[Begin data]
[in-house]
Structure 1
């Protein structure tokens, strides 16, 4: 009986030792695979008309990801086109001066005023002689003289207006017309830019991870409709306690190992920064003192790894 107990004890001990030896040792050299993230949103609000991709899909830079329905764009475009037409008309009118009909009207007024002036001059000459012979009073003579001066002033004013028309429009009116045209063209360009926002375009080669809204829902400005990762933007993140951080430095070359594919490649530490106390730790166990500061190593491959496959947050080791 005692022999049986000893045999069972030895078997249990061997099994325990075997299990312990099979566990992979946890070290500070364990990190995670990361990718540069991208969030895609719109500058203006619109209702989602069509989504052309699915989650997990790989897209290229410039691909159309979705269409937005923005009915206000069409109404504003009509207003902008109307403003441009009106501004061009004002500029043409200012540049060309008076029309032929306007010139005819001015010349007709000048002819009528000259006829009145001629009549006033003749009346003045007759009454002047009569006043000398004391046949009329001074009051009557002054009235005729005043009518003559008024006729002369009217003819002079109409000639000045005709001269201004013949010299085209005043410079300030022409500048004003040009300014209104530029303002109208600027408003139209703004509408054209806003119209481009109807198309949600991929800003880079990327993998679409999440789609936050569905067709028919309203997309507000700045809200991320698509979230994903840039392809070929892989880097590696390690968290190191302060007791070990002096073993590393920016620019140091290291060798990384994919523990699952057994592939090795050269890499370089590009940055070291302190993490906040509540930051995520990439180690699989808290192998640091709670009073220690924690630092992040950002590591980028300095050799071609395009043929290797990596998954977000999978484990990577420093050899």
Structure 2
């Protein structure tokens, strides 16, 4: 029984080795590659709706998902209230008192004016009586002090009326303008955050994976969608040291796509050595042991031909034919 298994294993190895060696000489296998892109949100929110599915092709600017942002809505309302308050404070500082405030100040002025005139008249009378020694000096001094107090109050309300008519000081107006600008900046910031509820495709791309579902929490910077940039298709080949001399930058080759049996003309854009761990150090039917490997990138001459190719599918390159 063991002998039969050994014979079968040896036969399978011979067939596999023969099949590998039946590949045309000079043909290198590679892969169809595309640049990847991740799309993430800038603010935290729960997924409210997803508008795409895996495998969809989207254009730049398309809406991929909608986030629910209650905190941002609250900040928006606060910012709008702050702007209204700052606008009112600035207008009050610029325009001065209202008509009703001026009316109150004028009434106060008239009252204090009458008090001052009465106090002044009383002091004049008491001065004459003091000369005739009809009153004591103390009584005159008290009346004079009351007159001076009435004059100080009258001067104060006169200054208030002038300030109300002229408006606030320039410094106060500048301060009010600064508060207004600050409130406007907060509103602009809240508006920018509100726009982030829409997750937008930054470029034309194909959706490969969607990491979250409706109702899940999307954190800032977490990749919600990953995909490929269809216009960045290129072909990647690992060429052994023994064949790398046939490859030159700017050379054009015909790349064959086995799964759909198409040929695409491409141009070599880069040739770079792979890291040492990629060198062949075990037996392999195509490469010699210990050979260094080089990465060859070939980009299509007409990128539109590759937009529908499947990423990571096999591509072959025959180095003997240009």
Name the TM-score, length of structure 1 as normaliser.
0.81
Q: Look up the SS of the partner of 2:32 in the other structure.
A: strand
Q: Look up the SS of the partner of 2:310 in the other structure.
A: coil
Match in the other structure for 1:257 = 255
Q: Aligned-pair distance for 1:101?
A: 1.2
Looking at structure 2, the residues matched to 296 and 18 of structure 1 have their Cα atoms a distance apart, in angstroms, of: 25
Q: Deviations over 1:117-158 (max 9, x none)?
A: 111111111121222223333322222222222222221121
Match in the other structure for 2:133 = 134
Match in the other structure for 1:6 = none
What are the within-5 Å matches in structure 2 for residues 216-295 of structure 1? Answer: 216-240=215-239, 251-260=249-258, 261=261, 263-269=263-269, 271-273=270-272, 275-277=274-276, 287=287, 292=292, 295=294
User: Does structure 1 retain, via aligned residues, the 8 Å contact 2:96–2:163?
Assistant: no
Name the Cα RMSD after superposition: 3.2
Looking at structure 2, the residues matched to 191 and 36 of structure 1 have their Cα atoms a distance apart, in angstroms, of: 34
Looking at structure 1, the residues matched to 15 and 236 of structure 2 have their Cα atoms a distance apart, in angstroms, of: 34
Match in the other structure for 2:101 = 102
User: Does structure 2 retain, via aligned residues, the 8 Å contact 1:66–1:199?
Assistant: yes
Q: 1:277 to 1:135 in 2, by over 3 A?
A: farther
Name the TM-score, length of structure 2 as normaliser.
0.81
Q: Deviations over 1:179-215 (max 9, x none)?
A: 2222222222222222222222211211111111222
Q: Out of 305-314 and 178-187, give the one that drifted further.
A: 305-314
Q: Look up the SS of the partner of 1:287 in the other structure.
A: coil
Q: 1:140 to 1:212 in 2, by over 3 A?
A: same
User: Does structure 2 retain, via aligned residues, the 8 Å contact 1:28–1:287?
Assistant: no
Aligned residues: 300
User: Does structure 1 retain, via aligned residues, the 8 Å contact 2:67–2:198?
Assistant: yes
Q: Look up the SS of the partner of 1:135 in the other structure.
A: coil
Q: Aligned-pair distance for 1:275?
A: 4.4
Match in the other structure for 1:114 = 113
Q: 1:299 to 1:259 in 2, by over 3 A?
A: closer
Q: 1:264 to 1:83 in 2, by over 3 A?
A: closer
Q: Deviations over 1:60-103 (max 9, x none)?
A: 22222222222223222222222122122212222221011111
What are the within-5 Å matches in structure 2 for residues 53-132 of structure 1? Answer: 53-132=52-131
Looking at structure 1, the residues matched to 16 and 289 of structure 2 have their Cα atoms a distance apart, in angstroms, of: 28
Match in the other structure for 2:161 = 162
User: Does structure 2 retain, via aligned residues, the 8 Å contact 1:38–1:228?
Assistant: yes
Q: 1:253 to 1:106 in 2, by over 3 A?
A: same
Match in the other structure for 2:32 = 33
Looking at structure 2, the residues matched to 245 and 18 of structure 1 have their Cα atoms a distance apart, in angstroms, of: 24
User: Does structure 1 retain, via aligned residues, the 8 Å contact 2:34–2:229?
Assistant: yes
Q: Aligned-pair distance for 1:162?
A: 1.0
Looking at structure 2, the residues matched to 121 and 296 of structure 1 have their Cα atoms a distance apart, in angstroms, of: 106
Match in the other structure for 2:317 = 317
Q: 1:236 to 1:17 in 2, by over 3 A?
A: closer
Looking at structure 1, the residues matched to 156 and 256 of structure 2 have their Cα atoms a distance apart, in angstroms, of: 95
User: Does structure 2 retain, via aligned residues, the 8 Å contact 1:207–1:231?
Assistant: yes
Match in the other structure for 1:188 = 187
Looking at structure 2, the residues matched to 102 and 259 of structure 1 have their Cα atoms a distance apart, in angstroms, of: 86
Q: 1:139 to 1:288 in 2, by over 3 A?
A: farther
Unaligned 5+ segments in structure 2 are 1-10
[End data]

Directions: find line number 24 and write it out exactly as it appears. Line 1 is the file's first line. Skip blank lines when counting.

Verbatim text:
Looking at structure 2, the residues matched to 191 and 36 of structure 1 have their Cα atoms a distance apart, in angstroms, of: 34